A few days ago, I decided to partition my C drive in order to install ubuntu on to the new partition. I shrunk the volume, made a new one, and all was fine. When I went to restart the P.C, Windows wouldn't start, not matter what I did (boot priorities, system clean up, system restore, etc.)

I installed Ubuntu, found my Windows 7 installation CD, then reinstalled Windows 7 (Ultimate). At the custom installation screen, I deleted and formatted previous partitions - I am now left with my C Drive (100gb), D drive (10gb), F Drive (360gb), and the Systems partition.

Everything went well. However, when I went to download a game from Steam, the game randomly stops downloading - the 'Disk Write Error' status pops up. At the same time, my browser stops working (I use Google Chrome) and shows an "oops!" screen. After a few moments, I can use it again.

I can re-initiate the download in Steam, but it just repeats after a few moments of downloading...

Initially, the Steam folder was located on the C Drive. I thought it was an issue with disk space. I removed and reinstalled steam, deleted all game content, and saved the new content to my F Drive - the issue still repeats.

Be honest. Does this sound like my hard drive is dying? Has anyone had this issue before?

thank you

 on: December 23, 2017, 09:07:47 PM 
Started by pom007 - Last post by CNK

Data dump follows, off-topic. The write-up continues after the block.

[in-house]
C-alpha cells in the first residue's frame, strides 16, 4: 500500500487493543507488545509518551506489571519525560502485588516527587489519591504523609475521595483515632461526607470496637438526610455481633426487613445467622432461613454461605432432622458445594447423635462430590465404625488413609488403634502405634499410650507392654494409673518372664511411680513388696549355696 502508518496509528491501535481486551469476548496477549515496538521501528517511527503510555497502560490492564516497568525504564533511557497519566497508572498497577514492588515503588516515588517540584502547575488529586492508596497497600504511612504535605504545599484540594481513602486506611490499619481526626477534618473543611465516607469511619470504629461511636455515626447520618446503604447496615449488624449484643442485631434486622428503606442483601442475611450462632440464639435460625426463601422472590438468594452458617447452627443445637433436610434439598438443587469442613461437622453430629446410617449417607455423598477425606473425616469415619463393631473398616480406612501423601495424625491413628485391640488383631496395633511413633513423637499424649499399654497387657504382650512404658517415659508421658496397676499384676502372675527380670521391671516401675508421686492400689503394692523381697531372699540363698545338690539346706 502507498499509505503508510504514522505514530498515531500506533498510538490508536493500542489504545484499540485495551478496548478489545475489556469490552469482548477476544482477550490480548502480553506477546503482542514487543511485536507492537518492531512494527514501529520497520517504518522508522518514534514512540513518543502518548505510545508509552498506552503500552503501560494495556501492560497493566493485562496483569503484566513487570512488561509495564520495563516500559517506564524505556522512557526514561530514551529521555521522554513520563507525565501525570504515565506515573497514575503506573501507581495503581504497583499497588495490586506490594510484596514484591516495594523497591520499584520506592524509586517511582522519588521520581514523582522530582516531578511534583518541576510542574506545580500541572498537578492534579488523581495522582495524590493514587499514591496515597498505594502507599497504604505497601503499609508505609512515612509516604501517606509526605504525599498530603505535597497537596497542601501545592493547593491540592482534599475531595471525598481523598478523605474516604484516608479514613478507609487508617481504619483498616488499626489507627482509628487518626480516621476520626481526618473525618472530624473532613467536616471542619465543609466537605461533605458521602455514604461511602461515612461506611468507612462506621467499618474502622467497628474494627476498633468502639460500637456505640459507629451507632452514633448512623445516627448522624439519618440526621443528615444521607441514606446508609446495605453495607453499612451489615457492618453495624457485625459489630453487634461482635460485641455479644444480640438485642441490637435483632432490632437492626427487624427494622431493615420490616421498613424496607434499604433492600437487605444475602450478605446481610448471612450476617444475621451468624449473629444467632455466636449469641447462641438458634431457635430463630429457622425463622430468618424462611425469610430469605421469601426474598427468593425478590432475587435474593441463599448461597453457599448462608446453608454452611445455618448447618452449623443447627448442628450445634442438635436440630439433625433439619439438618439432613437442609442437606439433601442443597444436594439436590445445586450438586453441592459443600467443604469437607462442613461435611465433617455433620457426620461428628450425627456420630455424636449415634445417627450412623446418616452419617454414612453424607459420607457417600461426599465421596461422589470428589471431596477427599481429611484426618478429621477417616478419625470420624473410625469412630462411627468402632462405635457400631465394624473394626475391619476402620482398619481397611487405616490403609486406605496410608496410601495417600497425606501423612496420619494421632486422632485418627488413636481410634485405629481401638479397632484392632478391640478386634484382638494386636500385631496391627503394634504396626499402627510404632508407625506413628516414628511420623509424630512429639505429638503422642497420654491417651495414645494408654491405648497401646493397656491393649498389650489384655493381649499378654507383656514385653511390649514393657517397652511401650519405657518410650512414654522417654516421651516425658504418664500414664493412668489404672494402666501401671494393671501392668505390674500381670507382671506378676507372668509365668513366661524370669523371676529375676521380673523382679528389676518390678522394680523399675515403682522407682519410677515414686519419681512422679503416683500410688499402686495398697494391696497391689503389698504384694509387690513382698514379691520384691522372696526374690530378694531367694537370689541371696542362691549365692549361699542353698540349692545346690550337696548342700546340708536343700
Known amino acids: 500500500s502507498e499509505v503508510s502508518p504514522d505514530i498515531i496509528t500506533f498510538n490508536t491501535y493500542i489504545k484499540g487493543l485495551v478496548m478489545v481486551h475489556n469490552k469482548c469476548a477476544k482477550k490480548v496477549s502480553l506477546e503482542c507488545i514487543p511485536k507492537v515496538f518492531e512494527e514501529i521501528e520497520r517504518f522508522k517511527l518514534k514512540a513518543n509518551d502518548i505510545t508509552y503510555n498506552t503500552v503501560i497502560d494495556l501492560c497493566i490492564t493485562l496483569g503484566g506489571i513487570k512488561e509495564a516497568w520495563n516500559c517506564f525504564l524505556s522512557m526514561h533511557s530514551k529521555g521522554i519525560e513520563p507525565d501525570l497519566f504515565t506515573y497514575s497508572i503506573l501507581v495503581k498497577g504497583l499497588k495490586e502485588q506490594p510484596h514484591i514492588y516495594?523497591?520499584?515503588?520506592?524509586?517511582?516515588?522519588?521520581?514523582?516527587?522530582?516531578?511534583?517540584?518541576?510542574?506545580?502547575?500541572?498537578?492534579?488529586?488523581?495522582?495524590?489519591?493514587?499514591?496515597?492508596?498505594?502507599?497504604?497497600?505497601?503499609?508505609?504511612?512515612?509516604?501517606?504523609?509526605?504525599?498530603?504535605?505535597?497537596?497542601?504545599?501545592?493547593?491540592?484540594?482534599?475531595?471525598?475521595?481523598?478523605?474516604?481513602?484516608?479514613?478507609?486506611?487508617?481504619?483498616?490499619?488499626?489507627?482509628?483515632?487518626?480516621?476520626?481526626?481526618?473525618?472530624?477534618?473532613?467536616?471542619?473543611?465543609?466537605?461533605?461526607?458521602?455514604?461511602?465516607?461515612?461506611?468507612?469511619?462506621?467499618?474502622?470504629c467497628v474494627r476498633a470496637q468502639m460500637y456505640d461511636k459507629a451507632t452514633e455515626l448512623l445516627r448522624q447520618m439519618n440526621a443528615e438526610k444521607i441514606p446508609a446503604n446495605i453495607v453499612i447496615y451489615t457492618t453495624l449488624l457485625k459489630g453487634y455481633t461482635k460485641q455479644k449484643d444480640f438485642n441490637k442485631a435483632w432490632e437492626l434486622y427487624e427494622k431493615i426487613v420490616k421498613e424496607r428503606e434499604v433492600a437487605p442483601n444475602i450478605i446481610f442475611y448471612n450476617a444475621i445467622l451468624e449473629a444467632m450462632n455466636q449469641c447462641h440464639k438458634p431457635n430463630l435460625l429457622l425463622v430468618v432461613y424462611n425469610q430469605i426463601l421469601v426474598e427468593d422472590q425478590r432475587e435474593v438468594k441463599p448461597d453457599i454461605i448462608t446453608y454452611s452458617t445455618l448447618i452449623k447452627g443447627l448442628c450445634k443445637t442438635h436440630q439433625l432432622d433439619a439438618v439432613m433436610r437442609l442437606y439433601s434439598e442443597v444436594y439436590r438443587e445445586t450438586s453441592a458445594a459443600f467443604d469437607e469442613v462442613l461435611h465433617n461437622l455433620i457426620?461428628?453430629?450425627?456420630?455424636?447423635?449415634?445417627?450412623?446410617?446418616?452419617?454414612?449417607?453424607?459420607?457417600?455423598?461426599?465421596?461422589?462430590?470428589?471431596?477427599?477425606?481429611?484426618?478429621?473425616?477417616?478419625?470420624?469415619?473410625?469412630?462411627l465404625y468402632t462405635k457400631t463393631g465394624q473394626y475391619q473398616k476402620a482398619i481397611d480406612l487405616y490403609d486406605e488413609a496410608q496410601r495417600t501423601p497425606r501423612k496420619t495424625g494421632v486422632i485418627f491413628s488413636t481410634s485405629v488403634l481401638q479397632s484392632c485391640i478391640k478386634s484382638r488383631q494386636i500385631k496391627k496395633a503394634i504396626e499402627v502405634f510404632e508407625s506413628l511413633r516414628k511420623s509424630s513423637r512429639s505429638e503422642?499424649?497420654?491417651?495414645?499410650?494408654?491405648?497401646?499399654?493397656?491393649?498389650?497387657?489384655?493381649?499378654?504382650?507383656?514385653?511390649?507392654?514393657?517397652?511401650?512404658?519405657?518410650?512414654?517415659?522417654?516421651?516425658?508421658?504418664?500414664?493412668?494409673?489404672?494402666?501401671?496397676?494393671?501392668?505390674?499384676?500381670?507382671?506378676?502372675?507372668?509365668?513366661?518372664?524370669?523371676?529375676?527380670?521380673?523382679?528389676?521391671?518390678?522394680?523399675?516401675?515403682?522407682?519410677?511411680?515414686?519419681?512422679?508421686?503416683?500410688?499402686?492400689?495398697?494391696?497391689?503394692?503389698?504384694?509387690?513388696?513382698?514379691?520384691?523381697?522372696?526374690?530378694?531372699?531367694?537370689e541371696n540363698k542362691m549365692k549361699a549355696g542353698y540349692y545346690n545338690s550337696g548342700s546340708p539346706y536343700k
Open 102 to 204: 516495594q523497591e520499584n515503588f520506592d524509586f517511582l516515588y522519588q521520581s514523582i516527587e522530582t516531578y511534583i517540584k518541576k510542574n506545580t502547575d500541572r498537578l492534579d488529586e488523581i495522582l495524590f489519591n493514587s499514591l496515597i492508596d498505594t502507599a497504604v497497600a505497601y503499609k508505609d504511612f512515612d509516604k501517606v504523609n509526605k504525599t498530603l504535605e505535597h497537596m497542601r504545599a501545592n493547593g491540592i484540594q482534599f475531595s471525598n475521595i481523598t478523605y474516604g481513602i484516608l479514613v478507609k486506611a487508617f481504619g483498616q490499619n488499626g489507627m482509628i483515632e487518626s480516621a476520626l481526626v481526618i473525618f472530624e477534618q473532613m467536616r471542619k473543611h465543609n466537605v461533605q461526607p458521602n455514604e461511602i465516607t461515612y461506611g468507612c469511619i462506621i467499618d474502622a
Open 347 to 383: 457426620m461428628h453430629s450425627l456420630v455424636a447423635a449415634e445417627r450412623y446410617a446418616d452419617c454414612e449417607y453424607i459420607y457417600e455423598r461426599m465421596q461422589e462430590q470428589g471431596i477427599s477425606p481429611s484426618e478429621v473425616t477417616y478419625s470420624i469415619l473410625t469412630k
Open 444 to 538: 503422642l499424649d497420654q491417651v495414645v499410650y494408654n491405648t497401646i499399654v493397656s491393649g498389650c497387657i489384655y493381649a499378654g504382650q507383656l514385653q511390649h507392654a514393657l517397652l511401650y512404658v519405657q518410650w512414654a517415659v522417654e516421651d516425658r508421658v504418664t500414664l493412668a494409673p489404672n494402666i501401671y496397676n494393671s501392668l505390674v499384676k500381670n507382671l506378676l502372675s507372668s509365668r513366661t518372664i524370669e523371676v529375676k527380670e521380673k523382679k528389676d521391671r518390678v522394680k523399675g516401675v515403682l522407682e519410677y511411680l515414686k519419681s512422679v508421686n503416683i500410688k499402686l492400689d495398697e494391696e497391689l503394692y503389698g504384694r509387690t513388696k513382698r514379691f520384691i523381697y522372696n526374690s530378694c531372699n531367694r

Yes that should work with DSL. The only thing to consider is changing the boot settings (http://damnsmalllinux.org/wiki/cheat_codes.html) on the "kernel" line in /boot/grub/menu.lst if the destination hardware requires some particular boot commands. Besides that, just install and swap over the HDD. Job done.

Another option would be to boot DSL from USB and install from that (assuming the computer has USB).

EDIT: Also best run xsetup when you first boot on the destination computer. eg. by typing "e" at the grub boot screen and editing the kernel line to add the "xsetup" boot command.

 on: December 23, 2017, 10:53:05 AM 
Started by pom007 - Last post by pom007
There are instructions on how to do this. But I believe this is long gone after a hacker into Wikipedia. I was wondering if anyone here knows the process of installing DSL on a drive on one computer (Full Install), and then insert the drive into another computer. Here is an example of a situation that would be useful ...

Some of them are IBM, Acer 4720z problem is no optical drive or floppy disk in the computer. Although hard drives are standard IDE drives, so it can be taken out and put into a computer that can be used with other IDE optical drive to work.

thank you

 on: December 22, 2017, 09:20:56 PM 
Started by bash_user - Last post by CNK
I think you'd simply have to get lucky for that guide to work. The latest "Stable" debian release is so far ahead of Debian Woody now that I doubt much of the software, compiled as it is for a much later Linux kernel, would be able to run on DSL.

You could try packages made for older Debian versions than the current stable release, these used to be easier to find when the web interface to the Debian package archive  (http://archive.debian.net/) was up. I think you'd be better off just compiling it from source though. Software with just a command-line interface often compiles without too many dependancy issues on DSL, it's the GUI software where things tend to get difficult/impossible. It's been quite a while since I even bothered with the Debian packages.